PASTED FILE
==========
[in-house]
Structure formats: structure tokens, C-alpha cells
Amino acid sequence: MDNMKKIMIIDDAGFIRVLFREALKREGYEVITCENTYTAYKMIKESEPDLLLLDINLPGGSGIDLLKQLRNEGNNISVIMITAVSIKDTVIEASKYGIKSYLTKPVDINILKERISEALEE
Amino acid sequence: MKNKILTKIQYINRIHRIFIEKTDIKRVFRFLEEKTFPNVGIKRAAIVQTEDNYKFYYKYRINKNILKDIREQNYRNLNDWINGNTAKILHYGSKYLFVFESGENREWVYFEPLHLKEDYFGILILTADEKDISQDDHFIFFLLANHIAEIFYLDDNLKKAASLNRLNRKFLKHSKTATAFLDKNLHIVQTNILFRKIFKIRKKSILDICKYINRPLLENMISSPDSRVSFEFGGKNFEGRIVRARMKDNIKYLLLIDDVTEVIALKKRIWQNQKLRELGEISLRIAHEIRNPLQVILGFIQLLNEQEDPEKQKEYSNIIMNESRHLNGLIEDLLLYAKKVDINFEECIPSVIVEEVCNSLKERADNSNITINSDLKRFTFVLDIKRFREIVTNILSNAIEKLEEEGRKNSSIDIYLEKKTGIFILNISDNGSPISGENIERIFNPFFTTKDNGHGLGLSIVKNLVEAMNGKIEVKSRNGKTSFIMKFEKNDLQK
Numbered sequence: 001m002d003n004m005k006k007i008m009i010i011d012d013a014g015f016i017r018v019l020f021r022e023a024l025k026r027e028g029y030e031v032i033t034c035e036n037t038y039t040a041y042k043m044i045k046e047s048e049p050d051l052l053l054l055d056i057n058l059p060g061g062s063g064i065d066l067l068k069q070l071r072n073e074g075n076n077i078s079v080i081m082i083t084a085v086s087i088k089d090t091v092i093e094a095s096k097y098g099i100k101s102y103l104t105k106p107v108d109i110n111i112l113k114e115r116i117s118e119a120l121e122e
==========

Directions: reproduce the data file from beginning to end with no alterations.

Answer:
[in-house]
Structure formats: structure tokens, C-alpha cells
Amino acid sequence: MDNMKKIMIIDDAGFIRVLFREALKREGYEVITCENTYTAYKMIKESEPDLLLLDINLPGGSGIDLLKQLRNEGNNISVIMITAVSIKDTVIEASKYGIKSYLTKPVDINILKERISEALEE
Amino acid sequence: MKNKILTKIQYINRIHRIFIEKTDIKRVFRFLEEKTFPNVGIKRAAIVQTEDNYKFYYKYRINKNILKDIREQNYRNLNDWINGNTAKILHYGSKYLFVFESGENREWVYFEPLHLKEDYFGILILTADEKDISQDDHFIFFLLANHIAEIFYLDDNLKKAASLNRLNRKFLKHSKTATAFLDKNLHIVQTNILFRKIFKIRKKSILDICKYINRPLLENMISSPDSRVSFEFGGKNFEGRIVRARMKDNIKYLLLIDDVTEVIALKKRIWQNQKLRELGEISLRIAHEIRNPLQVILGFIQLLNEQEDPEKQKEYSNIIMNESRHLNGLIEDLLLYAKKVDINFEECIPSVIVEEVCNSLKERADNSNITINSDLKRFTFVLDIKRFREIVTNILSNAIEKLEEEGRKNSSIDIYLEKKTGIFILNISDNGSPISGENIERIFNPFFTTKDNGHGLGLSIVKNLVEAMNGKIEVKSRNGKTSFIMKFEKNDLQK
Numbered sequence: 001m002d003n004m005k006k007i008m009i010i011d012d013a014g015f016i017r018v019l020f021r022e023a024l025k026r027e028g029y030e031v032i033t034c035e036n037t038y039t040a041y042k043m044i045k046e047s048e049p050d051l052l053l054l055d056i057n058l059p060g061g062s063g064i065d066l067l068k069q070l071r072n073e074g075n076n077i078s079v080i081m082i083t084a085v086s087i088k089d090t091v092i093e094a095s096k097y098g099i100k101s102y103l104t105k106p107v108d109i110n111i112l113k114e115r116i117s118e119a120l121e122e